What is ECP?
- ECP is an emergency contraception medication used to prevent pregnancy after sex when you didn’t use birth control or the birth control didn’t work (for example, the condom broke).
- Some people call it “the Morning After Pill”.
- You can get ECP at pharmacies and community health clinics. You don’t need a prescription.
Who can take ECP?
- ECP is safe for almost every female body. You should NOT use ECP if you know you are pregnant (mainly because it won’t work).
When might I want to take ECP?
- You had penis-vagina sex but weren’t using any birth control, or you think that the birth control you used may not have worked.
- You missed two or more birth control pills in a pack and you have been having penis–vagina sex with no other form of birth control.
- You were more than a week late for your scheduled birth control shot.
Note: ECP can also be used if you were forced to have penis–vagina sex. If this happens, you might want to call the Sexual Assault Crisis Line at 204-786-8631 or 1-888-292-7565 to speak to a counsellor for support options.
When should I take ECP?
- Swallow the pill together as soon as possible after the sexual activity.
- You do NOT need to take any more pills later on. It’s a good idea to rest after.
What will ECP do?
- If taken within 24 hours of unprotected sex, it will reduce the chances of pregnancy by about 95%.
- If taken within 48 hours of unprotected sex, it will reduce the chances of pregnancy by about 85%.
- If taken within 72 hours of unprotected sex, it will reduce the chances of pregnancy by about 58%.
- ECP may work up to 5 days after unprotected sex.
- You can expect your period within 1-3 weeks of taking ECP. See your health care provider or a community health centre for a pregnancy test if you don’t get your period within 3 weeks.
What will ECP not do?
- ECP will NOT prevent pregnancy all of the time.
- ECP will NOT stop a pregnancy if you’re already pregnant.
- ECP will NOT protect you from sexually transmitted infections (STIs) including HIV.
Are there any side effects?
Serious side effects are rare. Minor side effects could include:
- Bleeding or spotting between periods.
- Your period may come at a different time than usual .
- Nausea (feeling sick to the stomach) and vomiting (puking).
- Abdominal (stomach) pain.
- Headache or feeling tired.
If these symptoms last more than 2 days, contract your health care provider.
Can I take anything to stop feeling sick?
- Most people don’t feel nauseous after taking ECP, but you can take a half or a whole anti-nausea pill 30 minutes before taking ECP to prevent vomiting (puking).
- If you vomit within 2 hours after taking the pill, it might not work and you may need another dose. Talk to a pharmacist as soon as you can, to find out what to do.
- You can contact a pharmacist or community health centre to get information.
Can I take ECP whenever I have condomless sex?
- Use ECP as emergency contraception only. It is safe but difficult for your body to process.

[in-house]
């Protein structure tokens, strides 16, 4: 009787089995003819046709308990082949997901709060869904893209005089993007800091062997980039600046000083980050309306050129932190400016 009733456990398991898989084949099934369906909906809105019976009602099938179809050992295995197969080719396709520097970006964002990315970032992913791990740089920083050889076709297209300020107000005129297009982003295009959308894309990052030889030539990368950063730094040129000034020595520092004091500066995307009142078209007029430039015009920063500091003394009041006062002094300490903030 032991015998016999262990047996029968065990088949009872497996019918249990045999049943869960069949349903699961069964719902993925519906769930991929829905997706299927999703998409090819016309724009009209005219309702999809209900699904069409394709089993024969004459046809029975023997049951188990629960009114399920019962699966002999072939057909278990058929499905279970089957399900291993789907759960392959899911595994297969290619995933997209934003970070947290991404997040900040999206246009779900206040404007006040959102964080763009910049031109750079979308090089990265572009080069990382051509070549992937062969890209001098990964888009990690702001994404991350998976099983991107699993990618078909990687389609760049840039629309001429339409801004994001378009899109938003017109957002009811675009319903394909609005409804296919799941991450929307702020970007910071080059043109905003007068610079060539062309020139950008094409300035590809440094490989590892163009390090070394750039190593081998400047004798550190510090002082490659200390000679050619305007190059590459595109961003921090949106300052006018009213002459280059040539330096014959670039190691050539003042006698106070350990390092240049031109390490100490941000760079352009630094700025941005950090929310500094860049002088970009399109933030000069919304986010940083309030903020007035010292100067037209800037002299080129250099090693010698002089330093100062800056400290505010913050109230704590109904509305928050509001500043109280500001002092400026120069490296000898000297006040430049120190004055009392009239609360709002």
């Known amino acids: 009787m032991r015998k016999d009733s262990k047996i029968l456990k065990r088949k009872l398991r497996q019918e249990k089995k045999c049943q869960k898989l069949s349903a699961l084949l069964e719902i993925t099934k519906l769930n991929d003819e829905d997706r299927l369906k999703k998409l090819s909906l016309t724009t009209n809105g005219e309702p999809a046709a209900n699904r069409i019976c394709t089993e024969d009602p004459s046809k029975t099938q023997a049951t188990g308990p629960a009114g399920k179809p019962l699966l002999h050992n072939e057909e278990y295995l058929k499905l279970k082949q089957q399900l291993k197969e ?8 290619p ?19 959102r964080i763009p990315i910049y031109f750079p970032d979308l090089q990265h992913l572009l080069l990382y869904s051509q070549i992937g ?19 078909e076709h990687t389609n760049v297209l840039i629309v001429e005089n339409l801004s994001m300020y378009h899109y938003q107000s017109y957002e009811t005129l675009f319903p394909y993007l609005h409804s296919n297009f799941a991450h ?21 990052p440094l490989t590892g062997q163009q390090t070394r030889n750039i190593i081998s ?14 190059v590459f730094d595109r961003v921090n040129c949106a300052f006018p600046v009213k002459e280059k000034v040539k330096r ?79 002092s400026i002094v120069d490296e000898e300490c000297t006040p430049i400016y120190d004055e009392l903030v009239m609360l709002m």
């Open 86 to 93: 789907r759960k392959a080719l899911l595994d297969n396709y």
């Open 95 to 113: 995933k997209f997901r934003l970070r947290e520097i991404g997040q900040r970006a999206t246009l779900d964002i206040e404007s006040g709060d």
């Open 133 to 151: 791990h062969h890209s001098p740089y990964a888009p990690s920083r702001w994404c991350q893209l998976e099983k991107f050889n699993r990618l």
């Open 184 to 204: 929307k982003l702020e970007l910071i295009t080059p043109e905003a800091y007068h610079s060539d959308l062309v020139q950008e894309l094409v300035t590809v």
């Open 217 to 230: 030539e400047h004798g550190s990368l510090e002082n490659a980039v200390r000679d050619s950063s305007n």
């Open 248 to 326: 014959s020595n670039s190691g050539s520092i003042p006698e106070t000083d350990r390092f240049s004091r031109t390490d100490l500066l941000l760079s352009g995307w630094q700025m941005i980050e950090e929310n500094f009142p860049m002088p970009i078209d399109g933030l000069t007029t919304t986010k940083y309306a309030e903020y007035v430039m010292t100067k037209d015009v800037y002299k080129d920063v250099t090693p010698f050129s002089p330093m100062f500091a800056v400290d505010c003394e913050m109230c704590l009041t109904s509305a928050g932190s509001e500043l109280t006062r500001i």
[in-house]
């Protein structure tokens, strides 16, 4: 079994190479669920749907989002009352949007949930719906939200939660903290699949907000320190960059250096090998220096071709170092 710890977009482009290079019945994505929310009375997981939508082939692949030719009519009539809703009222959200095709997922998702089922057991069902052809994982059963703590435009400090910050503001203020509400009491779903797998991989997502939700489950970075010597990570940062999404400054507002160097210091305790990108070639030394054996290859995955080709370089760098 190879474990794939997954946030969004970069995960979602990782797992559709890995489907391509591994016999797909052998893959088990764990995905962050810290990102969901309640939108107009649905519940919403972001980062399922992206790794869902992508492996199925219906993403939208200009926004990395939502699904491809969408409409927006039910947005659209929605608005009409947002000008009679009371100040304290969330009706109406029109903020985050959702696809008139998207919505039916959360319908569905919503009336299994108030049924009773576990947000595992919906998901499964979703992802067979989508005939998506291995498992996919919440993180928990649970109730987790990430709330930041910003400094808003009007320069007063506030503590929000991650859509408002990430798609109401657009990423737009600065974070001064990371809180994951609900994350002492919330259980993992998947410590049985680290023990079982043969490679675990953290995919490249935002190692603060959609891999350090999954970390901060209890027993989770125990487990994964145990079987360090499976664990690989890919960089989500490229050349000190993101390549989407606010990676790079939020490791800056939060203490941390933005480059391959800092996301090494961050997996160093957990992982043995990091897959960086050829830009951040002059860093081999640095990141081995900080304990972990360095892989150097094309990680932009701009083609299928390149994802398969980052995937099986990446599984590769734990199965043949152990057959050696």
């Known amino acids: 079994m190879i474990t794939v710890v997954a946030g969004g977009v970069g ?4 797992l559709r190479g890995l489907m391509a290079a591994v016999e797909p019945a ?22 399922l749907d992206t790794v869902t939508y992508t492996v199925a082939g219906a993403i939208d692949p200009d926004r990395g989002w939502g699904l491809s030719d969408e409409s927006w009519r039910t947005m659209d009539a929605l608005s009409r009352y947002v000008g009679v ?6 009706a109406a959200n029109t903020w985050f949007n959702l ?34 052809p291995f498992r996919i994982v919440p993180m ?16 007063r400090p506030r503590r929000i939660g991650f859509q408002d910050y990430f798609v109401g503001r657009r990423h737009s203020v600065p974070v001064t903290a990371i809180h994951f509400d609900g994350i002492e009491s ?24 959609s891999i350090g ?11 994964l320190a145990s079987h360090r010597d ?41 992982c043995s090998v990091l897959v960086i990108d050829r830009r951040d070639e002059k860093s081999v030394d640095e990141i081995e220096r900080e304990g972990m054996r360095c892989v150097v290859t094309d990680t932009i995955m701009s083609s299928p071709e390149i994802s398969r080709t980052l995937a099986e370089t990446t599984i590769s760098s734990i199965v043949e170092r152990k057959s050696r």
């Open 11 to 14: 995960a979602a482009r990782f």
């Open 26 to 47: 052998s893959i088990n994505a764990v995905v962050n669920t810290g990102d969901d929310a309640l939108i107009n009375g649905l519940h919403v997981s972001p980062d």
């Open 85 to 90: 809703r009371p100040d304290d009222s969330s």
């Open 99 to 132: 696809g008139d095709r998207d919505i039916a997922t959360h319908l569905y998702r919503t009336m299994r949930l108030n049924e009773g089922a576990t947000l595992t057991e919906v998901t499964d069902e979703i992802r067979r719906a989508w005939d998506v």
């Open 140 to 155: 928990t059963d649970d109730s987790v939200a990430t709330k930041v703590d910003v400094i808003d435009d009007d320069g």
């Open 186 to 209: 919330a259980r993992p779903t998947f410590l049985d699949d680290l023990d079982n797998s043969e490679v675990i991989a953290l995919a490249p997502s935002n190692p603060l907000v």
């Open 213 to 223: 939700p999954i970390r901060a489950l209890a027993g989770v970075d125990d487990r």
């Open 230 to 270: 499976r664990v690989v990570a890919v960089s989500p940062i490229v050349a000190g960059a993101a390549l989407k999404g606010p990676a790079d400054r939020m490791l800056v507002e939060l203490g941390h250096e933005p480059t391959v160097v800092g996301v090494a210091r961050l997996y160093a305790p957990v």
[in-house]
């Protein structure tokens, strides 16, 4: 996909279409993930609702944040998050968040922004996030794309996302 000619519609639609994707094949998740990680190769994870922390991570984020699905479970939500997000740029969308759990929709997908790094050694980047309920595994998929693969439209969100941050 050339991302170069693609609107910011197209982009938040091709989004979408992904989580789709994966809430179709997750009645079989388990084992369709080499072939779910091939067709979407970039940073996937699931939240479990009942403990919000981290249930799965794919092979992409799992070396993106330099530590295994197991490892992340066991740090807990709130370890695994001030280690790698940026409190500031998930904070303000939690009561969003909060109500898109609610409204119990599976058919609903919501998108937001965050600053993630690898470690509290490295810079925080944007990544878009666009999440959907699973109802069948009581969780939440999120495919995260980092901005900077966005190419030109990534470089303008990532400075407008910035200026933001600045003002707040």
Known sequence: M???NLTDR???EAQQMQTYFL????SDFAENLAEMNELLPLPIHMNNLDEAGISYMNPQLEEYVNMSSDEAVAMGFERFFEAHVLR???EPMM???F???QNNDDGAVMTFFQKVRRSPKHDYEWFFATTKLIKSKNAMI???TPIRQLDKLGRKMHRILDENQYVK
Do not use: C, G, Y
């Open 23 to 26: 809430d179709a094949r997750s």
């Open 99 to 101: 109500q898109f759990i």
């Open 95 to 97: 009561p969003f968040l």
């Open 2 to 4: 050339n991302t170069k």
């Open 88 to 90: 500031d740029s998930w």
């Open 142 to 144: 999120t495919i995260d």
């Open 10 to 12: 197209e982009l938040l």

- If you are going to have penis-vagina sex, and you don’t want to get pregnant, use a more reliable method of birth control, such as birth control pills or condoms.
What if I take ECP and don’t know that I’m pregnant?
- ECP will not end an existing pregnancy.
- There is no evidence that ECP will harm a fetus.
What should I do after I finish taking ECP?
- Use a reliable birth control method that suits you, if you are having penis-vagina sex.
- If you have birth control pills, you can start a new pack right away after taking ECP. You do not have to wait for your period to start.
- If you don’t get a period within 3 weeks after taking ECP, you may be pregnant and should consider a home pregnancy test, or getting a test done at your health care provider, teen clinic, or community health centre.
- You can go to a community health clinic or talk to a public health nurse about birth control, STI tests, a Pap test, pregnancy test, abortion, adoption, parenting, or other health issues.
What if I get pregnant despite taking ECP?
- If you are pregnant, talk to a counsellor at a community health clinic or public health nurse right away.
- Consider your options and make the choice that is right for you.
What if I can’t afford ECP?
- ECP costs around $30-50.
- If cost is an issue, try contacting your local community health clinic or women’s health centre. If you are under 22 years old you can also contact a teen clinic.
Where can I get more information?
- From your health care provider, community health clinic, or public health nurse. If you need a regular health care provider, call the Family Doctor Finder at 204-786-7111 or toll-free at 1-866- 690-8260, or go to www.gov.mb.ca/health/familydoctorfinder.
- From the Facts of Life On-Line: e-mail your questions to firstname.lastname@example.org.
- From a teen clinic if you are under 22 years old.
SERC believes that all individuals have the right to access unbiased sexual and reproductive health information and services. They must also have the opportunity to explore their values and attitudes in making informed choices that are most appropriate for them, and have those choices respected and supported. SERC supports and defends a pregnant person’s right to choose parenting, adoption, or abortion.
Developed in collaboration with Klinic Community Health and Literacy Partners of Manitoba 2007
Sexuality Education Resource Centre 2016